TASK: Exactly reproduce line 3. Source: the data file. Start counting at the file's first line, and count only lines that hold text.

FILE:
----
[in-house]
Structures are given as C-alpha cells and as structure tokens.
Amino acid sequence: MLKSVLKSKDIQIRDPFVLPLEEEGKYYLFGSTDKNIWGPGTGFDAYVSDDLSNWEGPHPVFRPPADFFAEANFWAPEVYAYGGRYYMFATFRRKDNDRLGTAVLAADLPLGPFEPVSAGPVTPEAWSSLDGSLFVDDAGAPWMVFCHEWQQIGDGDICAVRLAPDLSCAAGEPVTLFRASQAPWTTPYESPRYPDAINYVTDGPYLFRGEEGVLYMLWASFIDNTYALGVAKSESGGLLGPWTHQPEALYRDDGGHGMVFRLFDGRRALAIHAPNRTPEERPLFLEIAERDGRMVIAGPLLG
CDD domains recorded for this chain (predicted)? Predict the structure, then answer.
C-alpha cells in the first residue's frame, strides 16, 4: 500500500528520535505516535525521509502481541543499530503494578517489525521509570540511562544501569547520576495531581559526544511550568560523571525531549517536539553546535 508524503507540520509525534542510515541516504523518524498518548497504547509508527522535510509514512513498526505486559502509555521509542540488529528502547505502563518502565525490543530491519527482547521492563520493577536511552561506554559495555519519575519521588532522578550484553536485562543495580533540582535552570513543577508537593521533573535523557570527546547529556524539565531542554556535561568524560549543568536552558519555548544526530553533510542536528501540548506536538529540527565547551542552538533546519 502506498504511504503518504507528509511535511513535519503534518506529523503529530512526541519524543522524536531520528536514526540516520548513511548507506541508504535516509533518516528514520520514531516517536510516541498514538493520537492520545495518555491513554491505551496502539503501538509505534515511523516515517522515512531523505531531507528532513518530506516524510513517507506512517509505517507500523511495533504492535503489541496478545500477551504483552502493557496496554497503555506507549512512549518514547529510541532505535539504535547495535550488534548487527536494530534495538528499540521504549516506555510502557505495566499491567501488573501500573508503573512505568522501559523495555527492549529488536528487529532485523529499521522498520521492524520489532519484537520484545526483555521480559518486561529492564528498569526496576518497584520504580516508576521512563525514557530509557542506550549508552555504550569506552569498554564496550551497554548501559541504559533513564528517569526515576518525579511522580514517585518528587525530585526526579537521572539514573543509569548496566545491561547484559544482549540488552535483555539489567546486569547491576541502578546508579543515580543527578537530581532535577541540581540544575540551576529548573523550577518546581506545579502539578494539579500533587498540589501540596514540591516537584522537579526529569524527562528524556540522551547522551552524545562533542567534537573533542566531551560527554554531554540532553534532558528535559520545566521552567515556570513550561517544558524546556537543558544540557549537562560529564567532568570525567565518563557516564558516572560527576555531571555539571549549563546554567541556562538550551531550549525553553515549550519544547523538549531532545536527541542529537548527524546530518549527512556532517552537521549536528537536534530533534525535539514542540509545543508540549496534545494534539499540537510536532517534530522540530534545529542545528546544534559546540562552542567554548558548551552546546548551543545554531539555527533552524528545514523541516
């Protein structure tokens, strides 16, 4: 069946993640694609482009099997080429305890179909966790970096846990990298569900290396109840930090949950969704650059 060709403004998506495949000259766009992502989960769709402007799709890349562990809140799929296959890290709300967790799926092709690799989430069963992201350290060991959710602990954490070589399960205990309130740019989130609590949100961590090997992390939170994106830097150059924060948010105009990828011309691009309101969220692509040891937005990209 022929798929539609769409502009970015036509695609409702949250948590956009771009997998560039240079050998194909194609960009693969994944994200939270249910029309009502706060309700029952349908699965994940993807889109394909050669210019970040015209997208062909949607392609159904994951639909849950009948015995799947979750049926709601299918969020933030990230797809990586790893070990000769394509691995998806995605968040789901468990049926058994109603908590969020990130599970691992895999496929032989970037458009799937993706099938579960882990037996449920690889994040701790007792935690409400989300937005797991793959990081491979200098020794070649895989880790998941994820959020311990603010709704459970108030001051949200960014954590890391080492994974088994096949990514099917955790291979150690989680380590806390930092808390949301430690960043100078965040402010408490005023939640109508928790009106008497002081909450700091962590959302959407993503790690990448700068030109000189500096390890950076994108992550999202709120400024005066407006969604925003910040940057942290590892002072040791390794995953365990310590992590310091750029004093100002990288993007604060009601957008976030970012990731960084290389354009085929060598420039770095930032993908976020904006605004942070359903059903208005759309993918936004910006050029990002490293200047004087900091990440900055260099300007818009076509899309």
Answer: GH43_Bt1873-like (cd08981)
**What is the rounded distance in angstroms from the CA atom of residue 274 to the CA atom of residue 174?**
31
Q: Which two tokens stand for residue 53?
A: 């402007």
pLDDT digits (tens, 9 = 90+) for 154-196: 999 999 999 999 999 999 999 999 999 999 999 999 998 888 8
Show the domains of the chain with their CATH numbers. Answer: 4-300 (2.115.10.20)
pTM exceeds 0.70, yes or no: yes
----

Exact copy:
Amino acid sequence: MLKSVLKSKDIQIRDPFVLPLEEEGKYYLFGSTDKNIWGPGTGFDAYVSDDLSNWEGPHPVFRPPADFFAEANFWAPEVYAYGGRYYMFATFRRKDNDRLGTAVLAADLPLGPFEPVSAGPVTPEAWSSLDGSLFVDDAGAPWMVFCHEWQQIGDGDICAVRLAPDLSCAAGEPVTLFRASQAPWTTPYESPRYPDAINYVTDGPYLFRGEEGVLYMLWASFIDNTYALGVAKSESGGLLGPWTHQPEALYRDDGGHGMVFRLFDGRRALAIHAPNRTPEERPLFLEIAERDGRMVIAGPLLG